Three new Economic Wisdom Project Talks from national leaders are now available. Originally presented at a workshop for 100 Oikonomia Fellows, these dynamic, challenging and fruitful presentations are designed to be used as assignments to help you introduce students to these vital issues in your classes. Featuring Chris Armstrong, Anthony Bradley and Brad Wilcox, these 15-minute talks promise to be a powerful curricular tool.
We are now developing curricular support materials to go with the talks. Please let us know how we can improve as we make plans to produce future resources!
“Vocation? Whatever!” by Chris Armstrong, Wheaton College
Assign this talk in: Ethics, Christian history, spiritual formation and systematic theology classes – and more!
Chris Armstrong shares his personal history of struggle with attitudes about rest, home and work, and presents a fresh, compelling vision of why a theology of vocation must be central to the life of faith. The oft-repeated clichés about “work/life balance” and other approaches that rely on tidy, compartmentalized categories fail to get at our real problem: like Adam and Eve hiding from God in the garden, we use all our activities – work, rest, home and church alike – as ways of hiding from our responsibility to love God and neighbor. Through the theological work of Martin Luther and Gregory the Great, Armstrong articulates how the Great Commandment invites us into a seamless life of vocation that encompasses “whatever you do.”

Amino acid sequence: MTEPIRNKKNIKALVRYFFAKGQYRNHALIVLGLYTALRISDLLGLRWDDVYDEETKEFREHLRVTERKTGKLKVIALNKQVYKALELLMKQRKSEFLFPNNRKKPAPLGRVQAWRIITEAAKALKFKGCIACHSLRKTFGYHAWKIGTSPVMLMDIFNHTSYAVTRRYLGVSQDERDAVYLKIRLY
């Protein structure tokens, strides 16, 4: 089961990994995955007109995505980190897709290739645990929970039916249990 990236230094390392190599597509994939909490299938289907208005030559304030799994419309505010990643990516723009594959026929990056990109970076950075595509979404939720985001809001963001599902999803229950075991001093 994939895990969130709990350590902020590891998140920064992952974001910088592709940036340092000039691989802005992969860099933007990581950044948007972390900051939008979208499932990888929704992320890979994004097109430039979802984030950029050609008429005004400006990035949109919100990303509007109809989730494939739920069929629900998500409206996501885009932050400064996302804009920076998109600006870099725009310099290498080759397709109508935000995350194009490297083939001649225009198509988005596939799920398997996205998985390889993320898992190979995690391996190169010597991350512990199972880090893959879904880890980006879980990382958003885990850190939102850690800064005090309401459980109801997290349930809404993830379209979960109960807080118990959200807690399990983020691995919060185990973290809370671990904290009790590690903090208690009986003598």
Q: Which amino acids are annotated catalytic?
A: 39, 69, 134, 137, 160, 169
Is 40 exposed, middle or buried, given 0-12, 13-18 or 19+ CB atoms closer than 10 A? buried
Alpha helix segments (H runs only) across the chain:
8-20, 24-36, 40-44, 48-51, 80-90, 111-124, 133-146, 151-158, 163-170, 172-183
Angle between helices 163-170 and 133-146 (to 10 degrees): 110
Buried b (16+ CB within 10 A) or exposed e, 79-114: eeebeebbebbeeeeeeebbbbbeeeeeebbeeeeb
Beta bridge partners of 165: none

“Christian Personalism” by Anthony Bradley, The King’s College
Assign this talk in: Missions, ethics, pastoral leadership and spiritual formation classes – and more!
In a dynamic presentation on the history of the culture wars, Anthony Bradley charts their damaging impact on the faith of younger evangelicals, exemplified by a young culture warrior at his college who later became an atheist. Identifying the faith with partisan agendas has hollowed out the church’s credibility, leaving politicians and pundits more influential than pastors. Bradley shows how Christian personalism can move us past the culture wars, providing the framework we need to serve God and neighbor in the marketplace and the public square, providing a deeper discipleship for the next generation and a deeper love of the world around us.
“The Ball and Chain Myth” by W. Bradford Wilcox, University of Virginia
Assign this talk in: Ethics, missions and pastoral leadership classes – and more!
Brad Wilcox provided a humane but very data-supported look at the attitudes about sacrifice, work and responsibility that are challenging marriage in our culture. Wilcox responds to “Six-Pack Craig,” a correspondent of his who expressed an attitude typical of many young men: marriage is an impediment to a happy and flourishing life because it requires giving up leisure and pleasure in favor of work and responsibility. Wilcox lays out the economic, sexual, health and psychological benefits of marriage, acknowledging that marriage requires sacrifices but showing how such sacrifice is necessary to the kind of life people ought to lead.
Also consider watching our four other Economic Wisdom Project Talks: